I was trained in and practice from a harm reduction perspective (see my services for more information), so I'd like to provide some background and information about what this means, as well as invite some conversation around alternative ways to approach alcohol and substance use.
Though we can trace its roots back for several decades, harm reduction largely became visible in the 1980s as an international public health movement that recognized HIV as a larger health risk than drug use in and of itself, and aimed to reduce transmission via the distribution of condoms and clean needles.
The primary principles of this health movement are an acceptance of the reality that people DO engage in high-risk behaviors, and a commitment to helping them reduce the harm associated with those behaviors, without requiring that the behaviors
Out of these principles grow many of our well-known public safety regulations and health education programs, such as seat belt and helmet laws, minimum drinking age requirements, nicotine replacements, safer sex practices, and designated driver programs.
Harm Reduction is a pragmatic stance, rather than one based in moral idealism, and is grounded in scientific research, human rights, compassion, and common sense.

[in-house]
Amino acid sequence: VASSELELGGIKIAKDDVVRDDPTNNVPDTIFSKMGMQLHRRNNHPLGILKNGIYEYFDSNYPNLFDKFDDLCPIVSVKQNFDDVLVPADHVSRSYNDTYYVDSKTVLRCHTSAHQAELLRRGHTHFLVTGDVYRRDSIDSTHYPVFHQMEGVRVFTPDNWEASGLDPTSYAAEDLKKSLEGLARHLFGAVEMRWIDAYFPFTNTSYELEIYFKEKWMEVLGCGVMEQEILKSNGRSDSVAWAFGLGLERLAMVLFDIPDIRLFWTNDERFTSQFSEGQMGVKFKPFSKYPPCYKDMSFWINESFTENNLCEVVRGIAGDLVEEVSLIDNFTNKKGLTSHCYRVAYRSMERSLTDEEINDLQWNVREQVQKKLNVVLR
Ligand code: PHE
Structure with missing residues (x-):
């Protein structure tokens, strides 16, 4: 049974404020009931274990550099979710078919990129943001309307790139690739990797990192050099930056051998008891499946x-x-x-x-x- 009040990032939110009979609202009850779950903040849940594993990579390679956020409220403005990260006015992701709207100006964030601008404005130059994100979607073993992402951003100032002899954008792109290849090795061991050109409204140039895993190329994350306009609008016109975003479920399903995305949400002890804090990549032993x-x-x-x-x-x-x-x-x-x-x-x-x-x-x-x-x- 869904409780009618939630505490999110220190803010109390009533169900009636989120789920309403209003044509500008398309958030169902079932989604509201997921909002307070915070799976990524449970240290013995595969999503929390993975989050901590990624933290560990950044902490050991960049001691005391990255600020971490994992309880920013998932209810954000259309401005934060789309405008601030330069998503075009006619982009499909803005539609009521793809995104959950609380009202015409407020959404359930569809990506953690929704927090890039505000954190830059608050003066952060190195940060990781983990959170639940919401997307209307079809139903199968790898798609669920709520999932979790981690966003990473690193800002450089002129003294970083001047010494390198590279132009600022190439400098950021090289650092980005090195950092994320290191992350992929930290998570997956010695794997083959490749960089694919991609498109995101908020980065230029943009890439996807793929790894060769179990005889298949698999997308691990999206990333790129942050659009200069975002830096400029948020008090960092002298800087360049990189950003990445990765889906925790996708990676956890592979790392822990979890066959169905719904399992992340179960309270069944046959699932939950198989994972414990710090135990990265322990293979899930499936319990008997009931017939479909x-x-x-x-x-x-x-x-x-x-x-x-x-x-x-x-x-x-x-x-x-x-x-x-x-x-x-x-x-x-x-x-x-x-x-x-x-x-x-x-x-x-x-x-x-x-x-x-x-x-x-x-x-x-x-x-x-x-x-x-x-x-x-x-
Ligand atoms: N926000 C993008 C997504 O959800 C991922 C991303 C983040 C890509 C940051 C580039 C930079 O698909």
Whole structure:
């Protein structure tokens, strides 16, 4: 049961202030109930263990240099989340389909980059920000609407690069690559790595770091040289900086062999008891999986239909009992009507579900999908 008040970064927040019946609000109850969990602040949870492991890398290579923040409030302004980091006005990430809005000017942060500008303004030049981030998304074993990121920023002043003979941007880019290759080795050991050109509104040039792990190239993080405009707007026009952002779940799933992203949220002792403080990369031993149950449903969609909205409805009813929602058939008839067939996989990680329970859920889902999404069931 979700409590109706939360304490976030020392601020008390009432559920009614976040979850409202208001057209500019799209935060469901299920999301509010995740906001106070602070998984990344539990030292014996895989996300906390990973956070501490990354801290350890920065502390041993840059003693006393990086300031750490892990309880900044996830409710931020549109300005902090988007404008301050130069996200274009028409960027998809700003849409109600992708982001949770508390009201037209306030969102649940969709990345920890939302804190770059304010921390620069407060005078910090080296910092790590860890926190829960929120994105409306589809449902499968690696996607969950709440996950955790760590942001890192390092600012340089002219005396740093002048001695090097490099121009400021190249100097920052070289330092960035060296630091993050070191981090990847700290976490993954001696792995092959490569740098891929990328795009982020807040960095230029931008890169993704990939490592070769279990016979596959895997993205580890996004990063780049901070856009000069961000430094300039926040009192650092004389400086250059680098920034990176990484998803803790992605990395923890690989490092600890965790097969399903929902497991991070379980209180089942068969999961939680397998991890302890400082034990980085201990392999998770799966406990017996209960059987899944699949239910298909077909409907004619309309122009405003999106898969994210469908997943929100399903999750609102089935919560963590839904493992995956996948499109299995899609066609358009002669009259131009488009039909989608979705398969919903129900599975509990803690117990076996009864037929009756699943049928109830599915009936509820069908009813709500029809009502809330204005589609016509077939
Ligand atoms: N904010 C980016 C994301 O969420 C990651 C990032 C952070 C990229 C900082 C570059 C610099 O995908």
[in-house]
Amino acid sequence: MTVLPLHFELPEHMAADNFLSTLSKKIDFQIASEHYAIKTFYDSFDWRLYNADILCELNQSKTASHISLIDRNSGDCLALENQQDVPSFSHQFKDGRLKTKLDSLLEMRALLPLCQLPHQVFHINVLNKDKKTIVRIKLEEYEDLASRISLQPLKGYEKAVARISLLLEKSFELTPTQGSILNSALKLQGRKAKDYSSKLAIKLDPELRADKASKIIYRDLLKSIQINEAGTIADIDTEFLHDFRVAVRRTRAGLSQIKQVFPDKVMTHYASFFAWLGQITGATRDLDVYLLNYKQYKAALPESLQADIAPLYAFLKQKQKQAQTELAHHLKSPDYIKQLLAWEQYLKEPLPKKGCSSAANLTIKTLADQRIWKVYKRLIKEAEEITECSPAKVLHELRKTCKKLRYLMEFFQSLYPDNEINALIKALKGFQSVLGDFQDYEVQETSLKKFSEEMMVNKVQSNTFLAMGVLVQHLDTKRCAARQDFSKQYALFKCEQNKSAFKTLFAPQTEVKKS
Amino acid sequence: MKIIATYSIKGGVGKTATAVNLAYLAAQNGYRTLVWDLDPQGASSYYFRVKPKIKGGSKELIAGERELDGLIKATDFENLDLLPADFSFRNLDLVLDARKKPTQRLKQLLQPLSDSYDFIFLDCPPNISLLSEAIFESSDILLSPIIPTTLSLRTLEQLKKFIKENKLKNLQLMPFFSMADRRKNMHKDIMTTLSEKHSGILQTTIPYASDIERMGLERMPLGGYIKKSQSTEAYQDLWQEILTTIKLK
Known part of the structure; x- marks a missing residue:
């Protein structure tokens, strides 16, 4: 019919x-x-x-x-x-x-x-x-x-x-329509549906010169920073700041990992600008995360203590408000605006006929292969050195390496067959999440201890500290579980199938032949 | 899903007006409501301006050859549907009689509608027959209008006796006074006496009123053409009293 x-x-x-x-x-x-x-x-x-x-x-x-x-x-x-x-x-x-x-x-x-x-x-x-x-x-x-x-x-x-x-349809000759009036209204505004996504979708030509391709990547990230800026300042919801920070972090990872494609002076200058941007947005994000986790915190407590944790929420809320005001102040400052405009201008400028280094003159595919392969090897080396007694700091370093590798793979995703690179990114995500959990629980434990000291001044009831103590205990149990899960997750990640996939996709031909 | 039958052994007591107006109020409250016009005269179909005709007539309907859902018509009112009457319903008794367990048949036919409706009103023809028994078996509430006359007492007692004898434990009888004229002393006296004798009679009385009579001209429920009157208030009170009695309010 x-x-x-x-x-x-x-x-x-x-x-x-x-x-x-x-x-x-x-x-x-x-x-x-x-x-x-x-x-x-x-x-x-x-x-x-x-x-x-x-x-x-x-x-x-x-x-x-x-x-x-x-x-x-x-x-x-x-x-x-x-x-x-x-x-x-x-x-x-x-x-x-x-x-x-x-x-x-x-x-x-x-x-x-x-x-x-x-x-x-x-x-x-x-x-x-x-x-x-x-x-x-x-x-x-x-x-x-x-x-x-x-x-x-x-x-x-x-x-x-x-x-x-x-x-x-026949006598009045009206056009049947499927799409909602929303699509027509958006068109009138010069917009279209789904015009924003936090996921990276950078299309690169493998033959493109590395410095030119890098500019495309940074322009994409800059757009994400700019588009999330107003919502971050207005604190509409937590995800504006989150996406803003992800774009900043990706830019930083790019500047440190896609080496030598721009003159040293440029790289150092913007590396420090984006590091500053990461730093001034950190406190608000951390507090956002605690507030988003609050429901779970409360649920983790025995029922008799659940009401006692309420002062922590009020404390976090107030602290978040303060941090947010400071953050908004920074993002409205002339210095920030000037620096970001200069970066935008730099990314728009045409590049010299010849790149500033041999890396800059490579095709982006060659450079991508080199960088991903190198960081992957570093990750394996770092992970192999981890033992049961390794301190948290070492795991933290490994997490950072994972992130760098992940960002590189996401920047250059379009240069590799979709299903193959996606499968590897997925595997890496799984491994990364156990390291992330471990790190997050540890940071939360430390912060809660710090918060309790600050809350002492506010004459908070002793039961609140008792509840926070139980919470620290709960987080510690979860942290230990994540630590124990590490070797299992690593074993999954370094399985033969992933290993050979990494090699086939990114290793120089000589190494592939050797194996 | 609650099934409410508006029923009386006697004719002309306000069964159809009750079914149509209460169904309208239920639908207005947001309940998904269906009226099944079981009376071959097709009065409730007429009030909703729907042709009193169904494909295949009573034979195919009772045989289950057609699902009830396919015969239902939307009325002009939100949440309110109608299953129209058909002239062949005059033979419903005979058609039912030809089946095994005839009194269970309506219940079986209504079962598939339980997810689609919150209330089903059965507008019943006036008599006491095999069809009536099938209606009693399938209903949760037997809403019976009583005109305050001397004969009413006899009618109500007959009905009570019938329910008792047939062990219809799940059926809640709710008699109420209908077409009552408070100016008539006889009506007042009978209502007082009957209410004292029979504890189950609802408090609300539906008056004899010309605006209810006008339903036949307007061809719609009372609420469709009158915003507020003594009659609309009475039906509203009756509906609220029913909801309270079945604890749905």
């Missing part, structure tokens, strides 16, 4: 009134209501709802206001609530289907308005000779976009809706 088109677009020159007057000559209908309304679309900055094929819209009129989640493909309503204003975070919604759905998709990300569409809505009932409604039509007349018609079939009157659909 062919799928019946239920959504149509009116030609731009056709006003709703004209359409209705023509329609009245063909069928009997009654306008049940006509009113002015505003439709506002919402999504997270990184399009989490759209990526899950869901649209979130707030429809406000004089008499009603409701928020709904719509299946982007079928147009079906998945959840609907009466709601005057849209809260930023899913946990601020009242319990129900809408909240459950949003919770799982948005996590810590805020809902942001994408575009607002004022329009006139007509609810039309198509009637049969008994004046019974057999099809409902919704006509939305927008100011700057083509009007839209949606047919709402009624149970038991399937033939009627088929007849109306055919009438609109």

It is consumer-oriented, maintaining a low threshold for participation; providers are committed to meeting people where they ARE, rather than requiring abstinence before treatment begins.
It is collaborative, rather than punitive; people are encouraged to participate in setting their own goals for treatment, and to work together with their providers towards those goals.
This stance represents a major shift in how we approach individuals with high-risk behaviors, opening the doors of treatment to many more people than ever before.
That's it for today--stay tuned for Part II: Moving from Away From the Moral and Disease Models!
* Much of the information in these posts and my practice was gleaned not only from the excellent book Over the Influence: The Harm Reduction Guide for Managing Drugs and Alcohol, but also via live trainings with Patt Denning, Ph.D., one of the authors. For those seeking further reading in this topic, I can not recommend this book highly enough.